Reaching the Golden Jubilee Year is a special moment in one’s life. While celebrations are in order, it is also time to reflect on and reassess your financial goals. By the time you enter your 50s, you should ideally have a plan set in place for a majority of your financial matters. This includes planning your retirement funds, investments, and savings, paying off your loans and mortgages, and taking stock of your liquid assets, etc.
Since it is likely that you will retire soon, it is also important to get more specific about what you want your retirement to look like. You may want to look back upon your investments and evaluate where you stand. Specifically, as you near retirement, it is recommended that you make alterations to your financial plans, such as reducing your investments in risky assets and focusing more on saving for costs such as healthcare. Consider speaking to a financial advisor who can help you in tailoring your financial goals to fit your evolving needs.
This article streamlines common financial goals and milestones to achieve in your 50s, so you may be better prepared to enjoy a comfortable and relaxing retirement when the time comes.
4 Financial Goals to Achieve Before you Hit Your 50s
1. Becoming Debt-free
Debt consumes a lot of your financial and emotional space. To lead a relaxed and hassle-free life and to be able to enjoy a peaceful retirement, the first step you need to take is to try to clear your debts. To do this, you might have to alter or change your vision of the lifestyle you hoped to have in your earning years. You may need to rethink your buying choices; make sure that you reevaluate decisions such as buying a bigger house or car if you know it will have a significant impact on your savings. While it is natural to want to splurge in your youth, it is always wise to have a prudent approach to spending. As you age, you may want to further tighten your purse and budget your expenses to fit your earnings.
It is also advisable to visualize your retirement in order to better prepare yourself for retirement. Sit down with the details of your financial status and map out a strategy. You might even consult a financial advisor, in which case your workload is considerably reduced. Eliminating debt is not easy. You have to work hard to close your loans, be it credit card balances or bank/corporate loans, because these can eat into your savings pretty quickly.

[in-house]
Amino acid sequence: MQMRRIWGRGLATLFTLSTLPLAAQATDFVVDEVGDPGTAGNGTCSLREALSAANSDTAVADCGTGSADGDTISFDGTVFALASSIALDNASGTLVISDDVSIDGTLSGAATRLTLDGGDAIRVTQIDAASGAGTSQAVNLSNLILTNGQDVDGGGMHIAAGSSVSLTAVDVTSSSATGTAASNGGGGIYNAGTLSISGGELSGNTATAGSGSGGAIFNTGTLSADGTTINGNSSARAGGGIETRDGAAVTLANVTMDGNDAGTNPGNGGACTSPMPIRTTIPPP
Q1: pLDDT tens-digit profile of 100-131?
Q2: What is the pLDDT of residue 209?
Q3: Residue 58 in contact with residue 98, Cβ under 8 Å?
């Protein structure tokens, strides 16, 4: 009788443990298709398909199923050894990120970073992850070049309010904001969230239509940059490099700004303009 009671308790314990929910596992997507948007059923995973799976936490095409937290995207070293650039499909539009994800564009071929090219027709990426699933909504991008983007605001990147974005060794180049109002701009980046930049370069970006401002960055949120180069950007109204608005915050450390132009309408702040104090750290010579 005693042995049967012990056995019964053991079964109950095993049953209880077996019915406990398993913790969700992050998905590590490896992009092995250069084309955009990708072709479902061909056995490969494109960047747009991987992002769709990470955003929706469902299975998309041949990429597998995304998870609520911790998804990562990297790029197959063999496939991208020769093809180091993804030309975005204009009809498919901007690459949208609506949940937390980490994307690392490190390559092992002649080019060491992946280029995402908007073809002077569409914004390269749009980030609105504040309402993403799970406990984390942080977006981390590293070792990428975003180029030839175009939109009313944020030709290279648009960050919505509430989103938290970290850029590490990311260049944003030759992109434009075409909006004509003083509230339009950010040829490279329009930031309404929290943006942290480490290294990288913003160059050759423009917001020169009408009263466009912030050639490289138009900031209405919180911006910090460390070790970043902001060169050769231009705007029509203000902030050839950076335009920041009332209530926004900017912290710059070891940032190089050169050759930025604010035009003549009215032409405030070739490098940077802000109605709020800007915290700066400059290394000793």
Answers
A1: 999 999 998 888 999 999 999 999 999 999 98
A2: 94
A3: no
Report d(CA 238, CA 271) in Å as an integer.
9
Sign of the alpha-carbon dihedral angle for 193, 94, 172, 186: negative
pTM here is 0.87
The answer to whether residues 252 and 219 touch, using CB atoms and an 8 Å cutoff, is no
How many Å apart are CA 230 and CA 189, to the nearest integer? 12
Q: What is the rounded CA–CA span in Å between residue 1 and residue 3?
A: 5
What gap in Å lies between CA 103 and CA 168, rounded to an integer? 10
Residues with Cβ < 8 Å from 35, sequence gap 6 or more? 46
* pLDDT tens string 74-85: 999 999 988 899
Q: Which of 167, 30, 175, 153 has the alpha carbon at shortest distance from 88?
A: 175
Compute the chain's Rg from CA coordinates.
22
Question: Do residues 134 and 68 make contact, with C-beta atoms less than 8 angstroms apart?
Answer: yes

Your kids, if you have any, are most likely to have moved out when you are in your 50s. Make the most of this time to write off your debts. One easy way is to follow the 28-36 rule:
The 28-36 percentage rule for paying off your debts:
A rule of thumb quite popular suggests that a maximum of 28% of your pre-tax income should go towards paying for home debts.
No more than 36% of your pre-tax income should go towards paying off all debt which would include your home debt, credit card bills, auto loans, personal loans, educational loans, etc.
2. Taking Control of Your Spending
In most cases, when your savings don’t seem to add up, it is a result of excessive spending. To take control of your finances in your 50s, you have to study your spending habits – how much are you spending per day, week, month, and year, and what are you spending on? Even decisions such as buying groceries and home supplies can be budgeted to reduce costs, without negatively impacting the quality of your life.
Budgeting is a good starting point to help you understand your major expenses and to reveal potential expenses to cut back on. If you find it difficult to do it all by yourself, do not hesitate to use the help of a financial advisor. Remember that controlling your spending today gives you the chance to save for the future.
3. Getting an Early Start on Saving and Investing
The earlier you start reviewing your finances, the more beneficial it is, as it gives you more time to save more. Even if you haven’t been big on savings in the past, it is never too late to start saving or investing. Saving early allows you to benefit from the power of compound interest. Below is an illustration to show you how compounding can benefit you:
Simply put, compounding is interest on interest. The compounding effect keeps adding to your dollars and earning interest on it, putting your own money to work for you with time. At the end of your investment horizon, you will have significant funds as a corpus. Building a safety net early on is liberating. If you do have unforeseen expenditures, you have savings to fall back upon. Hence, compounding gives you a chance to reach your financial goals faster.